Reverse mission?

Colombian, Indian, Nigerian, Malawian – are they really mission workers?

As I am helping the European Evangelical Mission Association plan a conference on the diaspora church (churches made up largely of members of ethnic minorities) in Europe, a couple of weeks ago I went to a very interesting conference where none of the speakers were white, middle-aged, western European men.

It’s not often that one has the opportunity to listen to wisdom and experience from people who are often marginalized by what might be called the ‘mainstream’ church, apart from the wonderful Rev Joel Edwards, who is extremely popular as a speaker.  If you’re interested, you can read a review of the conference here.

Inevitably in such a discussion, the term reverse mission came up.  You may not have come across this term much, and a quick look at articles on the internet indicates the term has only been in use for a few years.  It is used to denote those people who have come from a majority world culture to bring the gospel to European people.  It is used with wry amusement by reporters, but also by serious missiologists, and one of the organisers of the conference I attended, Rev Israel  Oluwole Olofinjana of the Centre for Missionaries from the Majority World (CMMW), has written a very helpful  introduction to the subject.

Yet despite its wide adoption, I want to take issue with this term, because I believe it is essentially derogatory to the people it describes:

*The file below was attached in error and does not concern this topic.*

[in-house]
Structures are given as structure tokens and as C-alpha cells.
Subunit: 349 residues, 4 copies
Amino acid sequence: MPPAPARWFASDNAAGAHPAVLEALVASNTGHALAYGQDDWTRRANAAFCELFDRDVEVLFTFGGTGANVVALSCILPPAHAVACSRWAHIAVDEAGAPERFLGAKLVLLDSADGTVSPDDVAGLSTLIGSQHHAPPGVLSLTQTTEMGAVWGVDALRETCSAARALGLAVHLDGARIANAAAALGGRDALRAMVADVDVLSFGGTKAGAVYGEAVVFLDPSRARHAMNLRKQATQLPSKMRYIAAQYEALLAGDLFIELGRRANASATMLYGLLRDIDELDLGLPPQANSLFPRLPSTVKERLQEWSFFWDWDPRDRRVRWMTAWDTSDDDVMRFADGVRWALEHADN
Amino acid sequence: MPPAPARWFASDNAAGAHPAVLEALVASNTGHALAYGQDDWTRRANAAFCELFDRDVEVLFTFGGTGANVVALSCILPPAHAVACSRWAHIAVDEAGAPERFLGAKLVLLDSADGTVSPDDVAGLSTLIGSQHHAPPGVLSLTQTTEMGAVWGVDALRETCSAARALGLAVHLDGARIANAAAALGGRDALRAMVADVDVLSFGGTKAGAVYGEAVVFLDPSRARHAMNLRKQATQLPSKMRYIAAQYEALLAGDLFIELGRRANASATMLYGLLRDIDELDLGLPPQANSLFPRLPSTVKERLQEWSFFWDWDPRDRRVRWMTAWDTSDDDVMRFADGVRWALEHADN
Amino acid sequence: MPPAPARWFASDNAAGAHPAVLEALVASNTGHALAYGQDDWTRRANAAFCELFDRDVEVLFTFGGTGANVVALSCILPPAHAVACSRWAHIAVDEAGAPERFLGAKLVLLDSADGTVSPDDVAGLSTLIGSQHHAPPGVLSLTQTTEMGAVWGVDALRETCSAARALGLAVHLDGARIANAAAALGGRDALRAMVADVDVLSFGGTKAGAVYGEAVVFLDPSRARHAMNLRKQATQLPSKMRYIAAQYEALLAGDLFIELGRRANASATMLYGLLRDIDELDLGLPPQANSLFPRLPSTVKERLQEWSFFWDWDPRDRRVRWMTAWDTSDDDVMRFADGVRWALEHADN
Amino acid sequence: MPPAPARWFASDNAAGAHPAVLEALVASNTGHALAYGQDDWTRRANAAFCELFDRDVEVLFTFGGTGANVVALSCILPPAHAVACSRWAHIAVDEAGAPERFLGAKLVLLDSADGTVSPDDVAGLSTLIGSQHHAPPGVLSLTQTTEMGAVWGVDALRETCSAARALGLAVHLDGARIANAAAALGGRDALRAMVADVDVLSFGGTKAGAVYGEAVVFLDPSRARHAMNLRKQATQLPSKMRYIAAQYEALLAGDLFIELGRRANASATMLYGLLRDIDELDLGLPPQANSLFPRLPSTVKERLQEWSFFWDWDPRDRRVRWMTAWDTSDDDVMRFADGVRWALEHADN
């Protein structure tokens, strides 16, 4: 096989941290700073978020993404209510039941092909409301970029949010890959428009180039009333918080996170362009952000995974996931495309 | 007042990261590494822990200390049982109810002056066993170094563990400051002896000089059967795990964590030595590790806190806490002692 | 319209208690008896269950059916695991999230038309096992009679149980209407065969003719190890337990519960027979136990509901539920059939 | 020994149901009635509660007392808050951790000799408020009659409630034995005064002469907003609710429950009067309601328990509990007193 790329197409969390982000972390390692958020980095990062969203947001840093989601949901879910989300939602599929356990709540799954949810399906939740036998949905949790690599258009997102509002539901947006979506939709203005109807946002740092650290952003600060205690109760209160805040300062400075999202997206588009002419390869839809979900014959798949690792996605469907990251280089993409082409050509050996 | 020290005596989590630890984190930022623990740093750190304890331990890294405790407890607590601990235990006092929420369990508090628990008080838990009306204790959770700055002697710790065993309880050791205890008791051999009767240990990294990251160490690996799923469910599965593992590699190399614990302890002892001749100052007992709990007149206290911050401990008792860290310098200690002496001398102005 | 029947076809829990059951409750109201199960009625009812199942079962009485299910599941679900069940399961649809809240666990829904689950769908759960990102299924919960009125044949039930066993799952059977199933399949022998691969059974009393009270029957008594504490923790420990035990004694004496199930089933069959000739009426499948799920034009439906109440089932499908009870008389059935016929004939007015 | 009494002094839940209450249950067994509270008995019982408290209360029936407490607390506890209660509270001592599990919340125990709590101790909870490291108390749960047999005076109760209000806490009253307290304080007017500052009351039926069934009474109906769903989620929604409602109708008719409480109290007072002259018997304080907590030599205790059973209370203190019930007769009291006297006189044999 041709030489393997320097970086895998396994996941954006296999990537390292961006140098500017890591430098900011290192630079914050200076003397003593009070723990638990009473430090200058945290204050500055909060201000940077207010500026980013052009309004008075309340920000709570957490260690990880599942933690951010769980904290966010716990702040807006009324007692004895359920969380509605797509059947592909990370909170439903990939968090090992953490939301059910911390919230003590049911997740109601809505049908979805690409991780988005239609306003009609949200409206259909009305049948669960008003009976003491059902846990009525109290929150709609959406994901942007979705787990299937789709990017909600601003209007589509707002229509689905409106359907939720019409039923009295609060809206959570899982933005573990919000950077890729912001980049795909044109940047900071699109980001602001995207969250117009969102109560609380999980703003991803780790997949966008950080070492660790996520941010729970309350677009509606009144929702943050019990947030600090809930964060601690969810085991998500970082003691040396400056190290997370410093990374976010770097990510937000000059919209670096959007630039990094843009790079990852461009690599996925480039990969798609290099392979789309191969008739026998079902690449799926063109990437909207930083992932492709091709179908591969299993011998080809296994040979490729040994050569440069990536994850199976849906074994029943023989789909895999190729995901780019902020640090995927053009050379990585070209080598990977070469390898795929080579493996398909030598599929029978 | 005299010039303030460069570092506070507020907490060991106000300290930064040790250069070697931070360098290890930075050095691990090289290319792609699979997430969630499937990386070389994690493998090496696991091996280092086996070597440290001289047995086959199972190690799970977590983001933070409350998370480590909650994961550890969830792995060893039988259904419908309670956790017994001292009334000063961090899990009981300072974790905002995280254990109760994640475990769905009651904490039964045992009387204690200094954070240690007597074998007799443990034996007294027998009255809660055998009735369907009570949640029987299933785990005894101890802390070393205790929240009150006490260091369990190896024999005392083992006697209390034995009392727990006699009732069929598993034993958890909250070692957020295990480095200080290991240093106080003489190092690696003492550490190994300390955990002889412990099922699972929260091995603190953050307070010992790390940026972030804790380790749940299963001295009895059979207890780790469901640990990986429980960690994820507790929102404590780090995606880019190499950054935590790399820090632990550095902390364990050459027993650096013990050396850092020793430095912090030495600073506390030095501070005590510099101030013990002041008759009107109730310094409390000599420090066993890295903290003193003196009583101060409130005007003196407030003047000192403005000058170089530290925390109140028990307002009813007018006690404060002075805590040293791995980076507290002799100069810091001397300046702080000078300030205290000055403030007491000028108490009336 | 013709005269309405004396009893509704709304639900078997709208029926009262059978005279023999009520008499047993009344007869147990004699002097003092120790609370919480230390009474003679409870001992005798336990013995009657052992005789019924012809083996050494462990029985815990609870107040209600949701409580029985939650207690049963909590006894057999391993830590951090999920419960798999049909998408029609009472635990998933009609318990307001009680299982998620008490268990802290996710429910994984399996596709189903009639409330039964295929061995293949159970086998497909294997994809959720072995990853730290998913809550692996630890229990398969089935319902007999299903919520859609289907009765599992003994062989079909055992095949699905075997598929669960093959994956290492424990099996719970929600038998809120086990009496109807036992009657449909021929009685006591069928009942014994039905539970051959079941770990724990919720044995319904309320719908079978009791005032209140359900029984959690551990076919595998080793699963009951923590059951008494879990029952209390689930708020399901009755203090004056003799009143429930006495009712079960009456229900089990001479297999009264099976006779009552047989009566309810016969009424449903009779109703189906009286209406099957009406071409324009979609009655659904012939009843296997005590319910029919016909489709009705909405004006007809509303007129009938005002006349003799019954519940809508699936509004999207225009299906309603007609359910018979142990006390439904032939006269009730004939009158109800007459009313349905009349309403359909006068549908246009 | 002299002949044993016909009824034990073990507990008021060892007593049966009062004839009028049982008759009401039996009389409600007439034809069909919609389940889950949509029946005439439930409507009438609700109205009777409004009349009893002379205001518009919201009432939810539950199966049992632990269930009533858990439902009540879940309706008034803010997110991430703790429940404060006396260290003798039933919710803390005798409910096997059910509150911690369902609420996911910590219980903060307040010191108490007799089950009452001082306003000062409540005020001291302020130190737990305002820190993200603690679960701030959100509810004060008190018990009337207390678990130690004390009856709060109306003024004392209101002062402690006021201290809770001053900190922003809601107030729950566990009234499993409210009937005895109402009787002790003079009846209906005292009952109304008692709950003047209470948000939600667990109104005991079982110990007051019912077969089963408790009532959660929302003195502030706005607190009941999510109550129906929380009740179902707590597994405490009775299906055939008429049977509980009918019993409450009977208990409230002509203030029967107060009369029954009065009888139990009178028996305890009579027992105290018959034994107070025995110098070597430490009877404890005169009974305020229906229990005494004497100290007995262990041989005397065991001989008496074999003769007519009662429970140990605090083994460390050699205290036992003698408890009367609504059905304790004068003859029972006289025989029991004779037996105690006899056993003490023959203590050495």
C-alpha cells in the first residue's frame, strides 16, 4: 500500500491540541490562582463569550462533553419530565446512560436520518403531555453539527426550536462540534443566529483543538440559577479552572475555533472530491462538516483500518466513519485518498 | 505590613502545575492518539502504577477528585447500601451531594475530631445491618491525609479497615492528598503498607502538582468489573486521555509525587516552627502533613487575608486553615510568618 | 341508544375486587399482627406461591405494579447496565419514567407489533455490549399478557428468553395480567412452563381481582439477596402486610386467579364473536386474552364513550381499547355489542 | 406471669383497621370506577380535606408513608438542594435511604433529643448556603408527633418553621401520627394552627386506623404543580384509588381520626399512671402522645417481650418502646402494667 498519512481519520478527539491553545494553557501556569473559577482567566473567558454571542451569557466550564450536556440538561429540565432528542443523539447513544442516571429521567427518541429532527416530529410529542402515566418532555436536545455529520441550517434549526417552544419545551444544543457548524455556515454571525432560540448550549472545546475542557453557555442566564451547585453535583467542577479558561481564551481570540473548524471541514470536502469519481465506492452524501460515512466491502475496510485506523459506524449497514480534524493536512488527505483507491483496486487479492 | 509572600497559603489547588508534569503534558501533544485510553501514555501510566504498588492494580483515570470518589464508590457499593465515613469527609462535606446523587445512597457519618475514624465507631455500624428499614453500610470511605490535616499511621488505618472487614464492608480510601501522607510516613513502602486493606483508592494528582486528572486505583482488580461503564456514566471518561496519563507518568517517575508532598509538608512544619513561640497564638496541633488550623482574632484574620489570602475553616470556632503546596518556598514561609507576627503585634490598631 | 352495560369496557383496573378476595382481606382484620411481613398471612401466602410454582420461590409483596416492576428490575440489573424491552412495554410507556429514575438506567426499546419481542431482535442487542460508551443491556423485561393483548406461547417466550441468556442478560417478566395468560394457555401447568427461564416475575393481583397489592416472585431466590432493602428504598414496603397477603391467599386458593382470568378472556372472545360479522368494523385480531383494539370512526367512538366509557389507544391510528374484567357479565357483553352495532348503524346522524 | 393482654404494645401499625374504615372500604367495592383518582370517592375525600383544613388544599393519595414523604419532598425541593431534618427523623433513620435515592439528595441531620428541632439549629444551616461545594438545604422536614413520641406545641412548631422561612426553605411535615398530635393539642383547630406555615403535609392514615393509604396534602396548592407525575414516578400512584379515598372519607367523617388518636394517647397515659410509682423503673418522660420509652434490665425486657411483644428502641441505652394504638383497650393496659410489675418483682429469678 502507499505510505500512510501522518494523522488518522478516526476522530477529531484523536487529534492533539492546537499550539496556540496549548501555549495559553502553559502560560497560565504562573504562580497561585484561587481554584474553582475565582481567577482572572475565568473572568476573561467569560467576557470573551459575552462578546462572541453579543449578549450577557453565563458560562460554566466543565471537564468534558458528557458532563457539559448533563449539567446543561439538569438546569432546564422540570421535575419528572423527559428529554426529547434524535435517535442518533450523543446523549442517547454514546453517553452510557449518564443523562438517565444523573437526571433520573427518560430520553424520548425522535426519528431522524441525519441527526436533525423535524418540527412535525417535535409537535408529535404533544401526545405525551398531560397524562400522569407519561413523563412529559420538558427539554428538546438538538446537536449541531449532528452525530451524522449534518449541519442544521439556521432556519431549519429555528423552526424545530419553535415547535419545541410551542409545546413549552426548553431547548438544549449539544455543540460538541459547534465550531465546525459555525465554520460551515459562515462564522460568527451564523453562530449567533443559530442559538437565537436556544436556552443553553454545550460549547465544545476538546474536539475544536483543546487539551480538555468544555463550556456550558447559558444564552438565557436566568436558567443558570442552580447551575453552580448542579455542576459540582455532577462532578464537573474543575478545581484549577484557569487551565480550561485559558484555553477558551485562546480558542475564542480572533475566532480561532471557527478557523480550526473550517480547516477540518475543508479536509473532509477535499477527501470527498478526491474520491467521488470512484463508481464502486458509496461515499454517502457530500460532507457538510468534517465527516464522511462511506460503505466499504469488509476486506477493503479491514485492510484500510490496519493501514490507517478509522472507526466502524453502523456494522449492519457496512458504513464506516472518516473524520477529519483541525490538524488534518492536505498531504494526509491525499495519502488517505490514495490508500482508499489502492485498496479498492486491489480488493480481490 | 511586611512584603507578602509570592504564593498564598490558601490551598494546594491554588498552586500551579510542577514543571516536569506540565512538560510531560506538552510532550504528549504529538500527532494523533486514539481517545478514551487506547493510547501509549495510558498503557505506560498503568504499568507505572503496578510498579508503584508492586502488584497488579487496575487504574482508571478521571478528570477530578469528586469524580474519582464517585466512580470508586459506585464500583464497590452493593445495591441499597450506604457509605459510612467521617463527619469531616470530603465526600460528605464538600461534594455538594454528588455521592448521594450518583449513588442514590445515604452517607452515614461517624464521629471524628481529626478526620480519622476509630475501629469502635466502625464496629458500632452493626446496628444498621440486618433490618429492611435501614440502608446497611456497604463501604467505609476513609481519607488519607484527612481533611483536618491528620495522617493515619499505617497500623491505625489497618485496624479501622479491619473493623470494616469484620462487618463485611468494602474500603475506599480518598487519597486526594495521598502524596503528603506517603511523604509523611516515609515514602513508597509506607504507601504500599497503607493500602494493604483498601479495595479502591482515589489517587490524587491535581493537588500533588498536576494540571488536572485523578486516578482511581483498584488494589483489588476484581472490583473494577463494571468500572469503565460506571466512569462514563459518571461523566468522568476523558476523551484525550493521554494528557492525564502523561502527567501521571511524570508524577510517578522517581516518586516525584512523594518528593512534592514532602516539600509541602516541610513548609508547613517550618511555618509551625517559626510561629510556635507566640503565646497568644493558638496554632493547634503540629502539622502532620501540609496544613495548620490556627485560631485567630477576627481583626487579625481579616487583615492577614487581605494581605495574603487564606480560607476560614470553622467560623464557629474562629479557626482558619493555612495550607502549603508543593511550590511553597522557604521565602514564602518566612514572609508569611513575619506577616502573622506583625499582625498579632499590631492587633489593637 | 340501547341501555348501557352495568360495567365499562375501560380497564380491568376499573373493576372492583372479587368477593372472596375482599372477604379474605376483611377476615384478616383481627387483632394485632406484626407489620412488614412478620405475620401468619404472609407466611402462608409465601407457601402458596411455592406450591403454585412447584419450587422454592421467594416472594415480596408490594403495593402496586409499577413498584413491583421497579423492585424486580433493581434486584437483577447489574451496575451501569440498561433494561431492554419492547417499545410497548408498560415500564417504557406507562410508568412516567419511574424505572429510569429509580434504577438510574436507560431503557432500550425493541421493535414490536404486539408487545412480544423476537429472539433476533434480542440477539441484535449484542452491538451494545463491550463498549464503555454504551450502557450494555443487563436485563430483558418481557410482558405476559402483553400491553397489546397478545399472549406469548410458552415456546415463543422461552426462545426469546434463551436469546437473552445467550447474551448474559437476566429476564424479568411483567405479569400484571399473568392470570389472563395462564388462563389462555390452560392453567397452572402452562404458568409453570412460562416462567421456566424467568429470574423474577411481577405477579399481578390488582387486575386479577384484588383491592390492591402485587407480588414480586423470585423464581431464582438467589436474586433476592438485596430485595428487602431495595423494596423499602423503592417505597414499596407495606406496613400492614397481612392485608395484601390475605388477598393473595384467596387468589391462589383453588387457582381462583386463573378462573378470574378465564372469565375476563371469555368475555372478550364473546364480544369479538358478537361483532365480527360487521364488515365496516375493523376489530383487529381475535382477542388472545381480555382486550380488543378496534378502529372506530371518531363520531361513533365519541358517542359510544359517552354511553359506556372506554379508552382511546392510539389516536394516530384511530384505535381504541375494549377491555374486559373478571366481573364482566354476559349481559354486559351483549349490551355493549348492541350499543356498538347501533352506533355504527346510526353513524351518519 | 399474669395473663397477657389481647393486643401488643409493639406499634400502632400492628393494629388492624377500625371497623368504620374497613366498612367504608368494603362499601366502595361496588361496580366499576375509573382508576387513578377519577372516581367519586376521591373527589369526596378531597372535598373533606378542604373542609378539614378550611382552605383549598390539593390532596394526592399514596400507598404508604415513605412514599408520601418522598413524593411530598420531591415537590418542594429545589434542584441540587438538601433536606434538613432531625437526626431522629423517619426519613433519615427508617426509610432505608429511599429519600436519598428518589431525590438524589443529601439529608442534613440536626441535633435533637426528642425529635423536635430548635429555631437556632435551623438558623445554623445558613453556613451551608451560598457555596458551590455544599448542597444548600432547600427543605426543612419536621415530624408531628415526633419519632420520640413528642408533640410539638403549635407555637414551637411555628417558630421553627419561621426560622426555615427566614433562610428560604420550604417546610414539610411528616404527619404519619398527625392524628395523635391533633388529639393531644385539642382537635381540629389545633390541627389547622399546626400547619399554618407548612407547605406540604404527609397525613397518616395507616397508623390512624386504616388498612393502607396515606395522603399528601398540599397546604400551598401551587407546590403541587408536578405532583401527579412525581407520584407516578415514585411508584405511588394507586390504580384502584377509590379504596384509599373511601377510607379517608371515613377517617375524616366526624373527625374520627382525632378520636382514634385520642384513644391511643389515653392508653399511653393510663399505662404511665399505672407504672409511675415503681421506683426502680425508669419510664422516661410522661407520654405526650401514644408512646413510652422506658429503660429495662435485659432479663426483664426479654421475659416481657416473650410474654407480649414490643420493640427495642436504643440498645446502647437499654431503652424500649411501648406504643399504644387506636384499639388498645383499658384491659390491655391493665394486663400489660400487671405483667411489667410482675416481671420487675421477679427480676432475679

1. It implies they are not proper mission workers. After all, real missionaries are white people who go to deprived places, not deprived people who come to white places, aren’t they? So we have to put a qualifying adjective in front of the noun to belittle them and make it clear that they don’t have the same status.
  2. It also does not reflect the prevailing view to which we all pay lip service, that mission is from everywhere to everywhere. Reverse mission implies that real mission is from the West to the rest, and if the rest start coming here, it’s not quite the same. If mission is really from everywhere to everywhere, mission workers must be from everywhere to everywhere too.
  3. The word ‘reverse’ has stigma attached to it. It means retrograde, or retreating. Plans that are overly ambitious are put into reverse.  Reverse means going backward.  Reverse is essentially wrong.  If we must use a qualifying adjective, at least ‘inward’ would be neutral, reflecting a geographic direction rather than a moral one.

In Britain there are now many mission workers from former colonies and elsewhere who are sufficiently grateful that a few generations ago our compatriots took them the gospel that they are now doing the favour of returning it to people who have lost it.  We should be grateful – after all the indigenous British church is not doing a great job of reaching our lost neighbours.  We need the help.

But many British churches are not ready to receive mission workers from another continent.  We might tolerate North Americans, but when we see a Ghanaian leading worship, a Pakistani preaching or a Mexican giving communion, we might be intrigued, or amused, but we seldom honour them for the sacrifice they are making, or respect their wisdom and Biblical understanding, or appreciate their pastoral skill.  We tolerate them with a paternalistic smile, but they’re not the real thing.

As a nation, we are not ready for reverse mission.  But if we stopped calling it ‘reverse’, at least we might start moving towards it.